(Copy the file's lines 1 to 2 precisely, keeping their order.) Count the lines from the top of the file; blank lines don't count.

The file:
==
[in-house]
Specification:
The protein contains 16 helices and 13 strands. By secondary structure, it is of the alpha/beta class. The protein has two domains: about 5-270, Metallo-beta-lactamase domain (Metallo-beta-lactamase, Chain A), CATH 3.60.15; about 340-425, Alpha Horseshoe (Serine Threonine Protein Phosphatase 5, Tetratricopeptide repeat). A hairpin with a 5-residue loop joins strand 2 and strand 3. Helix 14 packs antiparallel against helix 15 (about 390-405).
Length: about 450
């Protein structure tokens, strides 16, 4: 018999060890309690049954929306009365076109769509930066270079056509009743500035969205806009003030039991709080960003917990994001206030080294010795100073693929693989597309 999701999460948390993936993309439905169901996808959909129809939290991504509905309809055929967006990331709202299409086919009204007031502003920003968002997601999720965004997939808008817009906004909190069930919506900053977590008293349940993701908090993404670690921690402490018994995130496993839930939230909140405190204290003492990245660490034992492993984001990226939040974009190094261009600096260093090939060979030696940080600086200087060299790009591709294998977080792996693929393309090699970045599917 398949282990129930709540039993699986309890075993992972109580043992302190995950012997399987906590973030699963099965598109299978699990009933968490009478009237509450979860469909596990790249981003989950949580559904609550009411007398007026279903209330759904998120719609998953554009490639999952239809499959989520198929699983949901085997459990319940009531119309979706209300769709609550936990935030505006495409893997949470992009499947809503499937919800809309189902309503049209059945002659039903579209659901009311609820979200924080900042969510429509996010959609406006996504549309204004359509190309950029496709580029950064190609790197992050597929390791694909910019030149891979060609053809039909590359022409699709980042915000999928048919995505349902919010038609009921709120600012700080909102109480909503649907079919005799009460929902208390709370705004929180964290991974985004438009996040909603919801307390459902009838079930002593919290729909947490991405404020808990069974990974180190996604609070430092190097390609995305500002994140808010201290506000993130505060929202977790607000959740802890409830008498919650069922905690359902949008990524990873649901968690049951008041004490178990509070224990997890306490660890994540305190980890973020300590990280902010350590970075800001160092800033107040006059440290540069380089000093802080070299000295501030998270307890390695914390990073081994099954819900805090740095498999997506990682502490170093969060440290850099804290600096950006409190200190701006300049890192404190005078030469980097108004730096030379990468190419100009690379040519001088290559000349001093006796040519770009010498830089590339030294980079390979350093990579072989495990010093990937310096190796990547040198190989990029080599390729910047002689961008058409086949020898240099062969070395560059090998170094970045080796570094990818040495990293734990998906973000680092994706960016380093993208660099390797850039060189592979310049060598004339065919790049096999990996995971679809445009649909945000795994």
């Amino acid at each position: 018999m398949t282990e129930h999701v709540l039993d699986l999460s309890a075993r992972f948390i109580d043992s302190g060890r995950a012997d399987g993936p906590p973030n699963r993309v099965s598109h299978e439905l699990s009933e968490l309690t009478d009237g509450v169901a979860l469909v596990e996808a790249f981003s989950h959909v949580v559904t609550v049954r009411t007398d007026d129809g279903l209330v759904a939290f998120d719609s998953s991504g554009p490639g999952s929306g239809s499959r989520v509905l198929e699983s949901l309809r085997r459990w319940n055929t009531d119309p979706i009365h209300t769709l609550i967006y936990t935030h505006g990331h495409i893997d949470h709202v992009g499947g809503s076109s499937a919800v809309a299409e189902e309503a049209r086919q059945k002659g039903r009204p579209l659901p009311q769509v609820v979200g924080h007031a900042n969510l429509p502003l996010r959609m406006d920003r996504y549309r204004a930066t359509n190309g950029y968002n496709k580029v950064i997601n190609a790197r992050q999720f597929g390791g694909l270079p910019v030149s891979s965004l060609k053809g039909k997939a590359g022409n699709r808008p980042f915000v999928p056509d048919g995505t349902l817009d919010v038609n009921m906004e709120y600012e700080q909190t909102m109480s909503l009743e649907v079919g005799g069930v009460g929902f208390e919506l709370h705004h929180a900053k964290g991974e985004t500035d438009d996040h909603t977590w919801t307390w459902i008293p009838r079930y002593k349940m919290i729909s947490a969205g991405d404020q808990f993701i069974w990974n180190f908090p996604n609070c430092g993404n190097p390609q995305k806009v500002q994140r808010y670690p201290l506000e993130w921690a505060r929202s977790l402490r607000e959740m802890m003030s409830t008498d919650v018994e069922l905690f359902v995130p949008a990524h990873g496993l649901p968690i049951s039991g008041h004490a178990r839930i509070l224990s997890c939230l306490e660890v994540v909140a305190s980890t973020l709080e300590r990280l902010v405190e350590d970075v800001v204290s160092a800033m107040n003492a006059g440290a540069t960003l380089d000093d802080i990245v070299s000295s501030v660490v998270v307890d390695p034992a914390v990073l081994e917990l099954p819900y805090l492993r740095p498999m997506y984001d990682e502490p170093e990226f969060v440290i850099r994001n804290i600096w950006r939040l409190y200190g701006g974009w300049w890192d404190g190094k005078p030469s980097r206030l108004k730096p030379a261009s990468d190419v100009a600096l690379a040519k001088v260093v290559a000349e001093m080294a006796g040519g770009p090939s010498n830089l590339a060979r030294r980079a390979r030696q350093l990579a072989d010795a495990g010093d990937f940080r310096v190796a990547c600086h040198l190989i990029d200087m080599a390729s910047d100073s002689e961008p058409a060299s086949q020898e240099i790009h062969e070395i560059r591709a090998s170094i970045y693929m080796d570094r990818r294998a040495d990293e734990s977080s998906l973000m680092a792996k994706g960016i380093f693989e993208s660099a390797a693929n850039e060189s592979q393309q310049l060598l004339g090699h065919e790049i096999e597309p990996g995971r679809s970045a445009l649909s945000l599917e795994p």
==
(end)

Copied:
[in-house]
Specification: